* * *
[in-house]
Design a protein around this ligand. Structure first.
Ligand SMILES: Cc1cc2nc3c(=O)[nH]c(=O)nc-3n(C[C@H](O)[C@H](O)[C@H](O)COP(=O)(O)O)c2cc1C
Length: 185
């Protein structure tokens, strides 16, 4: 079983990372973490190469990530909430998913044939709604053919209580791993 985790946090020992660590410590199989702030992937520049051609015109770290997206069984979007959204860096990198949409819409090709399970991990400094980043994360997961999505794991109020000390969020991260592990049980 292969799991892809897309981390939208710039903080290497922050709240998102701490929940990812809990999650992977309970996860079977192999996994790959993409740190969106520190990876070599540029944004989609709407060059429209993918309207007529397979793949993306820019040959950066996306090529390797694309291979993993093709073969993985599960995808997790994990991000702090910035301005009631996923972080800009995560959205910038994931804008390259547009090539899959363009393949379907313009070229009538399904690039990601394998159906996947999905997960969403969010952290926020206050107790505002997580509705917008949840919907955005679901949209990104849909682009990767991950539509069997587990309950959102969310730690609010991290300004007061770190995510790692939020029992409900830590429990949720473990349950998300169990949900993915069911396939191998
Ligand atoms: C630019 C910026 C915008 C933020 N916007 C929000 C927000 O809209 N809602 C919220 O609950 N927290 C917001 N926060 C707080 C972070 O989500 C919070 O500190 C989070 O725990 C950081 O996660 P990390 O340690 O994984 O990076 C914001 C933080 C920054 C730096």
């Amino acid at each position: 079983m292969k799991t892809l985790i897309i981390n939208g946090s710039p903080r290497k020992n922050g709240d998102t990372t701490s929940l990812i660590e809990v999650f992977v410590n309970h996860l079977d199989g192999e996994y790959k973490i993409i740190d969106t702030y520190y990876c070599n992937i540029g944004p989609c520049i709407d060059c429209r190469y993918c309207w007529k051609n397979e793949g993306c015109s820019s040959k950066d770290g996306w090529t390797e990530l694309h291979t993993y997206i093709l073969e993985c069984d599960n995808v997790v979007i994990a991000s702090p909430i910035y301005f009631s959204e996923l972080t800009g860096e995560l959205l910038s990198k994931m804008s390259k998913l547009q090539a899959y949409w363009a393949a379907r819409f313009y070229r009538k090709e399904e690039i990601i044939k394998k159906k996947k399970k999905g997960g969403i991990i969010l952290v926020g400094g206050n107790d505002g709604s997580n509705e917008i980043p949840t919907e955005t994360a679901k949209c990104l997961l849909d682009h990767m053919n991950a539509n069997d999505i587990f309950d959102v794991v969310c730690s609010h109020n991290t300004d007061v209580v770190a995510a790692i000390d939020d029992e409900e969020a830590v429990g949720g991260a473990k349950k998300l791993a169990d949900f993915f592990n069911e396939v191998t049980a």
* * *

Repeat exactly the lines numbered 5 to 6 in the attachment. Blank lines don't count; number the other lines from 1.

């Protein structure tokens, strides 16, 4: 079983990372973490190469990530909430998913044939709604053919209580791993 985790946090020992660590410590199989702030992937520049051609015109770290997206069984979007959204860096990198949409819409090709399970991990400094980043994360997961999505794991109020000390969020991260592990049980 292969799991892809897309981390939208710039903080290497922050709240998102701490929940990812809990999650992977309970996860079977192999996994790959993409740190969106520190990876070599540029944004989609709407060059429209993918309207007529397979793949993306820019040959950066996306090529390797694309291979993993093709073969993985599960995808997790994990991000702090910035301005009631996923972080800009995560959205910038994931804008390259547009090539899959363009393949379907313009070229009538399904690039990601394998159906996947999905997960969403969010952290926020206050107790505002997580509705917008949840919907955005679901949209990104849909682009990767991950539509069997587990309950959102969310730690609010991290300004007061770190995510790692939020029992409900830590429990949720473990349950998300169990949900993915069911396939191998
Ligand atoms: C630019 C910026 C915008 C933020 N916007 C929000 C927000 O809209 N809602 C919220 O609950 N927290 C917001 N926060 C707080 C972070 O989500 C919070 O500190 C989070 O725990 C950081 O996660 P990390 O340690 O994984 O990076 C914001 C933080 C920054 C730096």